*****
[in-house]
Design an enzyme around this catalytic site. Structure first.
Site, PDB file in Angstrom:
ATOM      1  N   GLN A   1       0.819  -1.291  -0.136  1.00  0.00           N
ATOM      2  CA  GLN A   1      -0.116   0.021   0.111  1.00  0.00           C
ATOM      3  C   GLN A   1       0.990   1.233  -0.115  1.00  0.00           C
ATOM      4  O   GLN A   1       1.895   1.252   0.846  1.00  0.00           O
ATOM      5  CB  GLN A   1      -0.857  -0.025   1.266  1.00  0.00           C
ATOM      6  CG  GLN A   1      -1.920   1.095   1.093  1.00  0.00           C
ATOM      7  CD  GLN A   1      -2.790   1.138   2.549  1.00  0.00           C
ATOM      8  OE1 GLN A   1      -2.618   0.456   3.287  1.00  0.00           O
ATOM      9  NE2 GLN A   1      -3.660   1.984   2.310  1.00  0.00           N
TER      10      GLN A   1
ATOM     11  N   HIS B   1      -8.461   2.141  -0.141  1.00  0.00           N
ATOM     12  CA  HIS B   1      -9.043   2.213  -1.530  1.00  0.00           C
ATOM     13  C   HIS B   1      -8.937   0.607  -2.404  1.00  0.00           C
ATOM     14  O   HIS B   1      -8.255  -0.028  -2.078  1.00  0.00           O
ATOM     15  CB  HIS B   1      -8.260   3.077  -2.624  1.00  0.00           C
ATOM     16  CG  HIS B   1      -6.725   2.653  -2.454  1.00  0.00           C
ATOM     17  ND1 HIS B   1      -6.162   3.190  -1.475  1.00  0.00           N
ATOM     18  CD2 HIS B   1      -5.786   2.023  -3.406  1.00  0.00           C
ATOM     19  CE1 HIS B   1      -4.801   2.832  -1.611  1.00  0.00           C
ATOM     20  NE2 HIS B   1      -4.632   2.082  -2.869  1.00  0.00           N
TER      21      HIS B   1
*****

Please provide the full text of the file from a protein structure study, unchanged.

[in-house]
Design an enzyme around this catalytic site. Structure first.
Site, PDB file in Angstrom:
ATOM      1  N   GLN A   1       0.819  -1.291  -0.136  1.00  0.00           N
ATOM      2  CA  GLN A   1      -0.116   0.021   0.111  1.00  0.00           C
ATOM      3  C   GLN A   1       0.990   1.233  -0.115  1.00  0.00           C
ATOM      4  O   GLN A   1       1.895   1.252   0.846  1.00  0.00           O
ATOM      5  CB  GLN A   1      -0.857  -0.025   1.266  1.00  0.00           C
ATOM      6  CG  GLN A   1      -1.920   1.095   1.093  1.00  0.00           C
ATOM      7  CD  GLN A   1      -2.790   1.138   2.549  1.00  0.00           C
ATOM      8  OE1 GLN A   1      -2.618   0.456   3.287  1.00  0.00           O
ATOM      9  NE2 GLN A   1      -3.660   1.984   2.310  1.00  0.00           N
TER      10      GLN A   1
ATOM     11  N   HIS B   1      -8.461   2.141  -0.141  1.00  0.00           N
ATOM     12  CA  HIS B   1      -9.043   2.213  -1.530  1.00  0.00           C
ATOM     13  C   HIS B   1      -8.937   0.607  -2.404  1.00  0.00           C
ATOM     14  O   HIS B   1      -8.255  -0.028  -2.078  1.00  0.00           O
ATOM     15  CB  HIS B   1      -8.260   3.077  -2.624  1.00  0.00           C
ATOM     16  CG  HIS B   1      -6.725   2.653  -2.454  1.00  0.00           C
ATOM     17  ND1 HIS B   1      -6.162   3.190  -1.475  1.00  0.00           N
ATOM     18  CD2 HIS B   1      -5.786   2.023  -3.406  1.00  0.00           C
ATOM     19  CE1 HIS B   1      -4.801   2.832  -1.611  1.00  0.00           C
ATOM     20  NE2 HIS B   1      -4.632   2.082  -2.869  1.00  0.00           N
TER      21      HIS B   1